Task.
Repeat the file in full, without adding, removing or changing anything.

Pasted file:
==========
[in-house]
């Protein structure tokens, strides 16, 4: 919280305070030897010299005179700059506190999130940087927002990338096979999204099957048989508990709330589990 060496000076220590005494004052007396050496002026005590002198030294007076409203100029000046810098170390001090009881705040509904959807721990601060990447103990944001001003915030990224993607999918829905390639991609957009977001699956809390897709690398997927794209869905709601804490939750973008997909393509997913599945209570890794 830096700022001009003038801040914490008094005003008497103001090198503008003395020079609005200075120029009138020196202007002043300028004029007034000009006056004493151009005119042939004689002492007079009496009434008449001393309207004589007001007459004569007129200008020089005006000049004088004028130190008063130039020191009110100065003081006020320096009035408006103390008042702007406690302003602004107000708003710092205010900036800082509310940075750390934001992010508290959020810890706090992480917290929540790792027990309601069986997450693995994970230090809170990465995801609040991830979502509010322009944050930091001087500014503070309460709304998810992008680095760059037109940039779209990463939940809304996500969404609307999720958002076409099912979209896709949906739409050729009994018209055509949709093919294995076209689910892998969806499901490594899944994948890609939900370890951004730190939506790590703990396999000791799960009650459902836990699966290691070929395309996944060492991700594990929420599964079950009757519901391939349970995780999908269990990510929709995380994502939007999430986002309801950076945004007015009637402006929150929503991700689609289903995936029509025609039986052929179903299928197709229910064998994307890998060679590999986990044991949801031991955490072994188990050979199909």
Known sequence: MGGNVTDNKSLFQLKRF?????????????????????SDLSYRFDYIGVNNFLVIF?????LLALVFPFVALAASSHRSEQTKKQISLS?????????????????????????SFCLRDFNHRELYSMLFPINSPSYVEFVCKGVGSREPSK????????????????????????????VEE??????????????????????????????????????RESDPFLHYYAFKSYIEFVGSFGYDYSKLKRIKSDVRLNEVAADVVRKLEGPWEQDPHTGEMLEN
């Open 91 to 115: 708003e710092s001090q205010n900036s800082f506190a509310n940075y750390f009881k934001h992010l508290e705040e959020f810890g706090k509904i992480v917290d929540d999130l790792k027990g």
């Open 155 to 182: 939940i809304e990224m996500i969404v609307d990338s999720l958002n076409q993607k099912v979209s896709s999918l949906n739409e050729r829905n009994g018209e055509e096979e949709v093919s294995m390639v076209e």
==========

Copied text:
[in-house]
């Protein structure tokens, strides 16, 4: 919280305070030897010299005179700059506190999130940087927002990338096979999204099957048989508990709330589990 060496000076220590005494004052007396050496002026005590002198030294007076409203100029000046810098170390001090009881705040509904959807721990601060990447103990944001001003915030990224993607999918829905390639991609957009977001699956809390897709690398997927794209869905709601804490939750973008997909393509997913599945209570890794 830096700022001009003038801040914490008094005003008497103001090198503008003395020079609005200075120029009138020196202007002043300028004029007034000009006056004493151009005119042939004689002492007079009496009434008449001393309207004589007001007459004569007129200008020089005006000049004088004028130190008063130039020191009110100065003081006020320096009035408006103390008042702007406690302003602004107000708003710092205010900036800082509310940075750390934001992010508290959020810890706090992480917290929540790792027990309601069986997450693995994970230090809170990465995801609040991830979502509010322009944050930091001087500014503070309460709304998810992008680095760059037109940039779209990463939940809304996500969404609307999720958002076409099912979209896709949906739409050729009994018209055509949709093919294995076209689910892998969806499901490594899944994948890609939900370890951004730190939506790590703990396999000791799960009650459902836990699966290691070929395309996944060492991700594990929420599964079950009757519901391939349970995780999908269990990510929709995380994502939007999430986002309801950076945004007015009637402006929150929503991700689609289903995936029509025609039986052929179903299928197709229910064998994307890998060679590999986990044991949801031991955490072994188990050979199909």
Known sequence: MGGNVTDNKSLFQLKRF?????????????????????SDLSYRFDYIGVNNFLVIF?????LLALVFPFVALAASSHRSEQTKKQISLS?????????????????????????SFCLRDFNHRELYSMLFPINSPSYVEFVCKGVGSREPSK????????????????????????????VEE??????????????????????????????????????RESDPFLHYYAFKSYIEFVGSFGYDYSKLKRIKSDVRLNEVAADVVRKLEGPWEQDPHTGEMLEN
């Open 91 to 115: 708003e710092s001090q205010n900036s800082f506190a509310n940075y750390f009881k934001h992010l508290e705040e959020f810890g706090k509904i992480v917290d929540d999130l790792k027990g």
């Open 155 to 182: 939940i809304e990224m996500i969404v609307d990338s999720l958002n076409q993607k099912v979209s896709s999918l949906n739409e050729r829905n009994g018209e055509e096979e949709v093919s294995m390639v076209e």